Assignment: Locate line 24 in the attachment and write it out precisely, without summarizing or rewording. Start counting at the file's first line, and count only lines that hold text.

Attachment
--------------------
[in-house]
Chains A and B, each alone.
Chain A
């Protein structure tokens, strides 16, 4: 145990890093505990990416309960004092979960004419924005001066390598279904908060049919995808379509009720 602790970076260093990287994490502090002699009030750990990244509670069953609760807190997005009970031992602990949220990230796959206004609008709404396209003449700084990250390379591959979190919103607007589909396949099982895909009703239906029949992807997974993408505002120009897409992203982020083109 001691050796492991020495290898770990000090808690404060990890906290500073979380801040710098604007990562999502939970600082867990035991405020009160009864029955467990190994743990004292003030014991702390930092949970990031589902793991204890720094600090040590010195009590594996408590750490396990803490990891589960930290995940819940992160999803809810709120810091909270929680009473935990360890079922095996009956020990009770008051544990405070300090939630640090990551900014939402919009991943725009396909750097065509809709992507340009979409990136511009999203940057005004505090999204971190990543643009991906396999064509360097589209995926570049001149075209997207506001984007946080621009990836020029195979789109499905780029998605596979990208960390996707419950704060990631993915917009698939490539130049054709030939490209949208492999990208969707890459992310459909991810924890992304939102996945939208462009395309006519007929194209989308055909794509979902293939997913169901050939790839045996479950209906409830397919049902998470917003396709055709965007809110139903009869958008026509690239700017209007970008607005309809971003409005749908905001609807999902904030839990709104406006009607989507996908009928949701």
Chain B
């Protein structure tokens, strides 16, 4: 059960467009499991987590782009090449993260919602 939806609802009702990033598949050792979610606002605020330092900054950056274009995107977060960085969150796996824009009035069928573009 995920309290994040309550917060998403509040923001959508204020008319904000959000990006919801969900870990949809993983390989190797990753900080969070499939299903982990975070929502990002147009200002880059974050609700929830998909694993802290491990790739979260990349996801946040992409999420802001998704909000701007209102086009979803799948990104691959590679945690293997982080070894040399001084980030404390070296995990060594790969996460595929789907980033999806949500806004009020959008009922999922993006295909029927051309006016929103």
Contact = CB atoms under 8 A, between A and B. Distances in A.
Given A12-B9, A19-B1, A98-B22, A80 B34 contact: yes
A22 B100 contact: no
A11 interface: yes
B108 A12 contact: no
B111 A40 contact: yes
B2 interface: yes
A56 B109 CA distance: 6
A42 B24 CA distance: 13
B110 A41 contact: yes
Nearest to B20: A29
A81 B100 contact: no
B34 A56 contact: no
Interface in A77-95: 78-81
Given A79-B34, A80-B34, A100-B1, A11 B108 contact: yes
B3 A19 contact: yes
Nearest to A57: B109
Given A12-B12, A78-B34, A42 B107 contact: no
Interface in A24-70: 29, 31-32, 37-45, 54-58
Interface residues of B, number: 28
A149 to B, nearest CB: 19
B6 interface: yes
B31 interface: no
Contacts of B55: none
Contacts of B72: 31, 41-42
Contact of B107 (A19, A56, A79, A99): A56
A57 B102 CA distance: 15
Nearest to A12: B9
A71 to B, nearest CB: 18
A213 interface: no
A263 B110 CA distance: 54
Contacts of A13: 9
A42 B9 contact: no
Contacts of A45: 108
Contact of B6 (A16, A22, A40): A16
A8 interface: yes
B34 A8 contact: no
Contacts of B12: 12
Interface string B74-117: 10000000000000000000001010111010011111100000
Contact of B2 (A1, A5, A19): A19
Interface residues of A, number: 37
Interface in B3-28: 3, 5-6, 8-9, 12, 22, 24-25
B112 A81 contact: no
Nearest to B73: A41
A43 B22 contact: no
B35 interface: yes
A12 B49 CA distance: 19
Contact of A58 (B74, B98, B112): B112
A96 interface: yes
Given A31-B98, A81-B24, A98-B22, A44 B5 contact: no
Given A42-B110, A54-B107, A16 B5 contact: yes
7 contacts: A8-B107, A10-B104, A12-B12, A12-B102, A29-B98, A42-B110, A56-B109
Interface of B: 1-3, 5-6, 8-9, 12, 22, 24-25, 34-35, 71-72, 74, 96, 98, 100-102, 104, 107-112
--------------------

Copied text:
Given A12-B12, A78-B34, A42 B107 contact: no